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TANGO LESSON, THE

SYNOPSIS:
On a trip to Paris, filmmaker Sally (Sally Potter) meets Pablo (Pablo Veron), a tango dancer. Entranced by the dance – and the dancer – Sally asks him to teach her to tango. After a short trip back to London to try and work on her film projects, she visits Buenos Aires and learns more from Pablo's friends. Sally and Pablo meet again but this time their relationship changes; she realises they want different things from each other.

"Evocative and thought provoking, The Tango Lesson is visually stimulating cinema, bringing together elements of music, rhythm and dance as a parody for acceptance of self, roots and expression of the soul. It is an unusual film, which exudes mystery and ambiguity, and while the plot is undefined as such, we all embark on a journey of the spirit that crosses barriers of language, colour, body movement and cinema. I suppose the rationale for there being no subtitles (even though the film is in three languages), is that the thrust and meaning are self-evident. I speak French, so I was able to understand the nuances; had I not, I would have been aggravated to have the detail excluded from my grasp. While self indulgence and pretentiousness in itself are not necessarily such negative things in art – Barbra Streisand has crafted such works that are forgivable due to her overwhelming talent - Sally Potter’s shortcomings are accented here, instead of her (considerable) talents and abilities. By placing herself in such a large spotlight, her lack of facial expression and somewhat internal performance does not sustain fully throughout the film. Yet there is much to enjoy in The Tango Lesson, which is absorbing, involving and engaging. The tango itself is a sensual, provocative dance that combines the joy for living with a haunting melancholy. There’s fantasy, aspiration, ambition and realisation and acceptance of self in this beautifully filmed journey, which delivers a multitude of emotional responses including an overwhelming joy of living reflected in dance."
Louise Keller

"Strictly tango? Hardly. It feels very much like a self indulgent way for Sally Potter to pay for her tango lessons (12) with an exuberantly costumed (Priscilla inspired?) subplot-cum-counterpoint about an excessively gaudy film she wants to make – for $20 million, no less. The scenes of this nascent film – which never eventuates – are the only ones shot in colour and have a camp, decadent feeling that further distances the already distanced viewer. At first, The Tango Lesson has a pleasing idiosyncrasy about it, and visual flamboyance, but this soon wears down into something that looks as though Potter is trying too hard to be a brilliant, self effacing yet self centering poet of the screen. There is no plot as such, and the film lacks conflict, until it’s too late (and too little); her own screen persona is wafer thin English – with too little going on. The romantic development is a bit clumsy and in all, the film fails to carry us into the world of either the tango or Potter’s personal life. I know some people find it fabulous, and perhaps you will, too."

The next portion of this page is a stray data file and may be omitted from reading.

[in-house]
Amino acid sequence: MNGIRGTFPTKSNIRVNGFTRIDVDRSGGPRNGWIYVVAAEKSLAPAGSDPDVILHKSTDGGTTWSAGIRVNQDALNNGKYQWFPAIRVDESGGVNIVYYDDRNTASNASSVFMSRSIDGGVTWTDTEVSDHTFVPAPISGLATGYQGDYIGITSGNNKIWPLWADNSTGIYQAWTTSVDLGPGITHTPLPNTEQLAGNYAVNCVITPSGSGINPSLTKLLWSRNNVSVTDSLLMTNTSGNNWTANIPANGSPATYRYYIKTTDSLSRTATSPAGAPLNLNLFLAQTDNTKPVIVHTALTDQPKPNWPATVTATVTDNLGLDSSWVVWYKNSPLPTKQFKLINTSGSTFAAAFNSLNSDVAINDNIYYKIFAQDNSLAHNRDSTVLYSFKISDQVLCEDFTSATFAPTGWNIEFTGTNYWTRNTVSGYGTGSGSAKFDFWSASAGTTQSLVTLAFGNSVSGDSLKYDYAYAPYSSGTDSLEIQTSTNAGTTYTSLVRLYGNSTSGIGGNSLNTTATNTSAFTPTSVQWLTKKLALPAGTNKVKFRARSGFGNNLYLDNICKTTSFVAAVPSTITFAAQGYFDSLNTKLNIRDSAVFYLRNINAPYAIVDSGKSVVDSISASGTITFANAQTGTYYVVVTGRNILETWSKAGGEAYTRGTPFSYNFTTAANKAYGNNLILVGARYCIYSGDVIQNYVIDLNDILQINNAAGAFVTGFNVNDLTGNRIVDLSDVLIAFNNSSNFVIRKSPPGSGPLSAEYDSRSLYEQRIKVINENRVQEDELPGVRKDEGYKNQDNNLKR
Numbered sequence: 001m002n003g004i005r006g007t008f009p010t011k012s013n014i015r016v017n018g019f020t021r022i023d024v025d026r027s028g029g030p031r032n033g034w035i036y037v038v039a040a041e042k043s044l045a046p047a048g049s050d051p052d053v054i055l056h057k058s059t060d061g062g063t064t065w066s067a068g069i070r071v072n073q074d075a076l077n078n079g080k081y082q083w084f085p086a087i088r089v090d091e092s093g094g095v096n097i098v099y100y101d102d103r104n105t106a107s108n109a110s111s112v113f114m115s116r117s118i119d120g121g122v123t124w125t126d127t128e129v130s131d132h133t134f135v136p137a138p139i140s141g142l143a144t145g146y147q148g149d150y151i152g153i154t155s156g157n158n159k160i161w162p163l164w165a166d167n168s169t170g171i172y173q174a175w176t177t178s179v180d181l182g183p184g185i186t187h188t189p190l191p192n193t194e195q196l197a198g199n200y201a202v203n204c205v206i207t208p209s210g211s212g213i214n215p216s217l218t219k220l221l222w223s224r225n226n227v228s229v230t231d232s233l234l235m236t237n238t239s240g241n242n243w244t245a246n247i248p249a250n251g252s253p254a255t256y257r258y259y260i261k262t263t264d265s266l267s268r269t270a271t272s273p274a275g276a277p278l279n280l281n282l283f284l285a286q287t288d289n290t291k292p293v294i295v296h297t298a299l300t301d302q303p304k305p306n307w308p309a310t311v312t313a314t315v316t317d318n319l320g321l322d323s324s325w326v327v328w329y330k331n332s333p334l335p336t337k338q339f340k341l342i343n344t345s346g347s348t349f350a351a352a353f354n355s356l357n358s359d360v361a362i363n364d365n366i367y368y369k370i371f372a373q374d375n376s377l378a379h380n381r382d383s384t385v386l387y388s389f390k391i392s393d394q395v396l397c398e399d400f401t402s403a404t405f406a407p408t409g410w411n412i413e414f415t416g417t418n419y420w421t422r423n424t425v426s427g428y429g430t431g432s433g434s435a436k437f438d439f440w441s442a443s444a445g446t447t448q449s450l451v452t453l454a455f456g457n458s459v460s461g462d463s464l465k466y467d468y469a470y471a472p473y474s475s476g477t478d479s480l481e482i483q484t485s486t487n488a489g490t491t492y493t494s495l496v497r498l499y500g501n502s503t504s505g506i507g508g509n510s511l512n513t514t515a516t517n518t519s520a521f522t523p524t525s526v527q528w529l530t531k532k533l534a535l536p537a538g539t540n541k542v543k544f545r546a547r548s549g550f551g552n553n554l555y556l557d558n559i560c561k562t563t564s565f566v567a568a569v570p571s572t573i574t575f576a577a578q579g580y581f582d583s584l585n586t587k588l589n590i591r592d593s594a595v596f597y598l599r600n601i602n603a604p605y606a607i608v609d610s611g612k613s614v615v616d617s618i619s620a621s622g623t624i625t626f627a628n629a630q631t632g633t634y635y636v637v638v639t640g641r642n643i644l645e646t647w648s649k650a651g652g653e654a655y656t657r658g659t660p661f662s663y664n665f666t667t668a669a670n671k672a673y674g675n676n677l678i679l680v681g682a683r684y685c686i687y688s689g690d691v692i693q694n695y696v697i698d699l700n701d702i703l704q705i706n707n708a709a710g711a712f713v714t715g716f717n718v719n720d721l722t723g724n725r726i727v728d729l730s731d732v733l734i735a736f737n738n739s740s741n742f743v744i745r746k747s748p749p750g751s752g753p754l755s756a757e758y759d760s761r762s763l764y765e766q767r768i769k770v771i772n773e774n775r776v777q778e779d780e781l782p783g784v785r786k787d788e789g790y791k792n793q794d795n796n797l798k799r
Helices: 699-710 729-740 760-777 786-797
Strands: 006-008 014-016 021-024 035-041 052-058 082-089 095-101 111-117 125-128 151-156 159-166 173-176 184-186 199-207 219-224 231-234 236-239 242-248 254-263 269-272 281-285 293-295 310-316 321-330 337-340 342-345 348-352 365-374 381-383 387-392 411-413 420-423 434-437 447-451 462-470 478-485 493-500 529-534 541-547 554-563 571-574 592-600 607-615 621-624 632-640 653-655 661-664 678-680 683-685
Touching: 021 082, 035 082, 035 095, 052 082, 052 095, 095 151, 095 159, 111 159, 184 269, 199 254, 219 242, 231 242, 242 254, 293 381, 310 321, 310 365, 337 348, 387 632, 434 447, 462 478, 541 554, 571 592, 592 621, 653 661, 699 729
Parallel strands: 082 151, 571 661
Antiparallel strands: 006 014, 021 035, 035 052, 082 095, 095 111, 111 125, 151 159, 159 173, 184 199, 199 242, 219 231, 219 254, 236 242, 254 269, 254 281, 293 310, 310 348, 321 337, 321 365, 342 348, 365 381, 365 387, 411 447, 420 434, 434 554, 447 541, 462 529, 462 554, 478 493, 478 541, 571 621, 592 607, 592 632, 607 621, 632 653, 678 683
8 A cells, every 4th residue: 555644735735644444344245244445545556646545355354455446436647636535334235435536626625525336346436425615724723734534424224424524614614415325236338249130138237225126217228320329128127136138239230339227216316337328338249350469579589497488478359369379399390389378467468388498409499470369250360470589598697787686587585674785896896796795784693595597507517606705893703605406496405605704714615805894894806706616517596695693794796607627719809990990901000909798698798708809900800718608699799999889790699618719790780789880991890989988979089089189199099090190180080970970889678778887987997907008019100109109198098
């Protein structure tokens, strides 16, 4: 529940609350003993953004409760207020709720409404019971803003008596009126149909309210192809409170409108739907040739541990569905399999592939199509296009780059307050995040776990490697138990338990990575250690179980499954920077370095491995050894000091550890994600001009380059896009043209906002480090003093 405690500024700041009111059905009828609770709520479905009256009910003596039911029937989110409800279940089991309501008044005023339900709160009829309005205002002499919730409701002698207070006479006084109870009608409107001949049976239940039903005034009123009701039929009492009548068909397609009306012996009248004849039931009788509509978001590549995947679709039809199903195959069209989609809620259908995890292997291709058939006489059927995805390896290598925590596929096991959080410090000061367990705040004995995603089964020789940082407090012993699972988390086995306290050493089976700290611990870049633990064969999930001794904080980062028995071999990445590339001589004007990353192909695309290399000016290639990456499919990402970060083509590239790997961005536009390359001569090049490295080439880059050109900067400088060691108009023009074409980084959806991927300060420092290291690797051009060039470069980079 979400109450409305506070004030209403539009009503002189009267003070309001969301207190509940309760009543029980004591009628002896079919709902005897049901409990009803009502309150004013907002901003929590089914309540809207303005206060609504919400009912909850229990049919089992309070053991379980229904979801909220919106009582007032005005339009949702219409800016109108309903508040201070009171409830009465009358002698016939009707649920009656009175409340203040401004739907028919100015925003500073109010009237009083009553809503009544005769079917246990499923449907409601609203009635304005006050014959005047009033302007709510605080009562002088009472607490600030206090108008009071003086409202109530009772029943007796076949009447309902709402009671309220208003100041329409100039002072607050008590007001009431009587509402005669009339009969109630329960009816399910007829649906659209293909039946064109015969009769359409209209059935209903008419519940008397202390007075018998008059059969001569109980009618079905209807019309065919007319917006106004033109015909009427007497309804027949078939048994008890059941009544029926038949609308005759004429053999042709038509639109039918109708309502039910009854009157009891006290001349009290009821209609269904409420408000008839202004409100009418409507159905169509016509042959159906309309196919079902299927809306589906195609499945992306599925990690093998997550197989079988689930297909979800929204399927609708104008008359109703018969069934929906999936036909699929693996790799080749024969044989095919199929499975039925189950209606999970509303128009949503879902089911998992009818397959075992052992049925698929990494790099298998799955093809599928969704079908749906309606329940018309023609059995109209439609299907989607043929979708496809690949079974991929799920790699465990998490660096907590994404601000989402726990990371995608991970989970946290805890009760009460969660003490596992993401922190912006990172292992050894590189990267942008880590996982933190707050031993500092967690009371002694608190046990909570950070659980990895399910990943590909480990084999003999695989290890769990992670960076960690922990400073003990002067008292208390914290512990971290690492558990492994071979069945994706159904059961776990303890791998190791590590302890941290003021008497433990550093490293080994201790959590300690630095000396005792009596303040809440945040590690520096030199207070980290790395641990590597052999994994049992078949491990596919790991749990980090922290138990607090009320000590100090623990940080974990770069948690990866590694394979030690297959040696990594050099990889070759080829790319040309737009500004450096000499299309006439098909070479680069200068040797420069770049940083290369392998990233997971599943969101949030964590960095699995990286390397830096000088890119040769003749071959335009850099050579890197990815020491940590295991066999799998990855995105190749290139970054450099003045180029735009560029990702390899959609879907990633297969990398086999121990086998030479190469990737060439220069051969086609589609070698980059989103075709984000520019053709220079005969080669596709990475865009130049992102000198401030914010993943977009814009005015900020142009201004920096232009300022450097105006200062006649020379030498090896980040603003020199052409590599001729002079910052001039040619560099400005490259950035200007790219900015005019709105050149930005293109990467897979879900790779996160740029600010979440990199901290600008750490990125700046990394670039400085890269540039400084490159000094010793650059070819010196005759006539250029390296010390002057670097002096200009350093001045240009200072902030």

Andrew L. Urban

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CRITICAL COUNT
Favourable: 1
Unfavourable: 1
Mixed: 0

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SOFCOM MOVIE TIMES

See Andrew L. Urban's interview with

SALLY POTTER

TANGO LESSON, THE (PG)
(UK)

CAST: Sally Potter, Pablo Veron, Gustavo Naveira, Fabian Salas, David Toole, Carolina Iotti, Carlos Copello, Peter Eyre, Heathcote Williams

DIRECTOR: Sally Potter

PRODUCER: Christopher Sheppard

SCRIPT: Sally Potter

CINEMATOGRAPHER: Robby Muller

EDITOR: Herve Schneid

MUSIC: Potter with participation of Fred Frith

PRODUCTION DESIGN: Carlos Conti

RUNNING TIME: 102 minutes

In English, French, Spanish

AUSTRALIAN DISTRIBUTOR: Globe

AUSTRALIAN RELEASE: November 26, 1998 (Sydney)







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